This morning I opened my email to find a client, an architect, requesting a substitution evaluation for a metal wall panel. The request was sent 8 PM Sunday evening during the break between football games. A reply was requested by noon today even though I am still trying to recover from all the Thanksgiving turkey.
The only data provided for evaluation was a five page product brochure, of which only three pages applied to the product substitution. One of four metal panel profiles was marked with an underscore to show the proposed profile and one of three metal gages was boxed to show the proposed gage. These were the only markings on the submittal.
So what is an architect to do?
First check the spec. The specification lists a basis of design product for the wall panel and four other acceptable manufacturers. There is a specific reference to Division 01 for substitution requests. The proposed manufacturer is none of those that are specified.
Checking the Division 01 reference, there should be additional information submitted for the architect's evaluation:
- A completed substitution form and
- A detailed product comparison showing the differences between the specified product and proposed product, if any.
- A cost analysis showing the difference to the contract amount if the substitution is accepted.
None was provided.
The architect could reject the request based on the contract rules established in Division 01. The architect is under no obligation to review submissions that do not comply with the administrative requirements of the contract.
If this were the first such substitution, rejection may help set the stage for following the procedures defined in Division 01 for substitutions and other administrative requirements. I suspect the architect wants to be cooperative, so instead he asked for feedback on the substitution request from the project specifier (us) and the project building envelope consultant.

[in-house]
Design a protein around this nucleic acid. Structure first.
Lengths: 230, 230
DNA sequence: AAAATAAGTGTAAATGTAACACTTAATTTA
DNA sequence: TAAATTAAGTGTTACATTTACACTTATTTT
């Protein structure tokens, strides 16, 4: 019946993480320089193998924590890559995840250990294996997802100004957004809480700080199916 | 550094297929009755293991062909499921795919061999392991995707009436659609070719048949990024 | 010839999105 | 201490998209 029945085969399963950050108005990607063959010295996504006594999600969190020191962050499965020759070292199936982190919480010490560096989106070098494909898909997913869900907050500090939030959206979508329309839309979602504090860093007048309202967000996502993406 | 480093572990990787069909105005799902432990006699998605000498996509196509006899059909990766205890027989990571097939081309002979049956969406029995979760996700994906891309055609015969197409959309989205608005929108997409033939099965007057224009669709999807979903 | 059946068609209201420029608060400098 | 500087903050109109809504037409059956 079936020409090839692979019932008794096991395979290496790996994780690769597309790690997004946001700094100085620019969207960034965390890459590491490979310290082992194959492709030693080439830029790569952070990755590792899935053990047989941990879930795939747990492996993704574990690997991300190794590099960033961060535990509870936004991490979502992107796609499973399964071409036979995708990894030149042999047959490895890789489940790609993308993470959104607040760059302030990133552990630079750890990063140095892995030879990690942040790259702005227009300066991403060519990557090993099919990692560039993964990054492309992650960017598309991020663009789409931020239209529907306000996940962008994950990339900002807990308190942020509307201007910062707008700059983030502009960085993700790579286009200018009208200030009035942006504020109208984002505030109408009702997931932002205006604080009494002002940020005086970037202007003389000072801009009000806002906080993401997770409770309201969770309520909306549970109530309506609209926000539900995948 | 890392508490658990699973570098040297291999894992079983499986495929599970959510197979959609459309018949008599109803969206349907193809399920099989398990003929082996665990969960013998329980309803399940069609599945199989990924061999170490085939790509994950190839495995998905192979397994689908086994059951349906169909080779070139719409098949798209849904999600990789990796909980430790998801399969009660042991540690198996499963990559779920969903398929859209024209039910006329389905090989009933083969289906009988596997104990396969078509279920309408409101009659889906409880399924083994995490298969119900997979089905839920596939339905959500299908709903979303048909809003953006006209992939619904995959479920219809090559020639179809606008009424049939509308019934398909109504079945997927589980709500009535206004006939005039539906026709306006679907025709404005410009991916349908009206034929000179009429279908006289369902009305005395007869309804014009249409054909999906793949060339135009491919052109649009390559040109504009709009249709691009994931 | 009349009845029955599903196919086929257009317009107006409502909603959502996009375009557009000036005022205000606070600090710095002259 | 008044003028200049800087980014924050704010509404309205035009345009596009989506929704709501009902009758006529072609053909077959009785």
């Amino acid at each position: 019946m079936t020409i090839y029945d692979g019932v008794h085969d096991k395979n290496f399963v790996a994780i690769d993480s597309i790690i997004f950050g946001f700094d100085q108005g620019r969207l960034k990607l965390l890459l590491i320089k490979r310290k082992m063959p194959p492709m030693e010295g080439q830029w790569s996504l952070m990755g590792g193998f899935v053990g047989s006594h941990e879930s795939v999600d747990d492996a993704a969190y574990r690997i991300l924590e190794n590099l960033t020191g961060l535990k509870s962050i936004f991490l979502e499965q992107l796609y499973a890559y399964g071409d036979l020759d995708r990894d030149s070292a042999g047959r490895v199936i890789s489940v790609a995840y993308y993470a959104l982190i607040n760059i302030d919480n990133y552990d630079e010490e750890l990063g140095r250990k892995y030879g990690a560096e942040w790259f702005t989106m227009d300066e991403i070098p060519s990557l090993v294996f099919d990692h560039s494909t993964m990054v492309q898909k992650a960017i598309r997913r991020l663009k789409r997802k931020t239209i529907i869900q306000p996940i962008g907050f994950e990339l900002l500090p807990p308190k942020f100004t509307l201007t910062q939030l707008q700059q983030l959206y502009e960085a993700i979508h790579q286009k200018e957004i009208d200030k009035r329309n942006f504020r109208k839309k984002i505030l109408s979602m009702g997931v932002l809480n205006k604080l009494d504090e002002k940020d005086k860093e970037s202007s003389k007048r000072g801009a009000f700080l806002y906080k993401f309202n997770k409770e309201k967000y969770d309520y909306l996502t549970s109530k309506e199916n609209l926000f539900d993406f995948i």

Was Anything Missing?
Here is what was missing from the substitution request:
- Sheet Metal Material. Is it steel and by what reference standard?
- Galvanizing. What coating class was provided, if any?
- Finish. Which of the five finishes is proposed?
- Fasteners. Which fastener from the selection guide is proposed?
- Warranty. Is any warranty available? None is mentioned.
Without this additional data, there is no way to complete the evaluation. I did not search for the data on the manufacturer's website. I reviewed only what was submitted as in accordance with Division 01.
My Advice to the Architect
More data is needed to evaluate this product as a substitution. Reject the substitution request. If the contractor wishes to resubmit the request with the additional data, it could be reconsidered.
Apply the Division 01 rules uniformly throughout the contract. Trying to be cooperative by bending or breaking the administrative rules can actually change the contract if there is a dispute. The courts may interpret the architect and contractor's actions (ignoring the Division 01 rules) to be the de facto contract requirements, preventing future strict enforcement of Division 01 to resolve a dispute. Plus deviating from Division 01 rules will likely create more unplanned, uncompensated work for the architect, ultimately.
My additional advice was that I could not make sense of the span tables for the proposed product, especially since they showed a 50 percent greater span than the basis of design product for the same load. Yet there was no appreciable difference in the panel profiles and metal thickness. The spans remain a mystery.
Previous SpecWords blog postings Tech Tips have addressed this issue too. You may want to check these additional resources.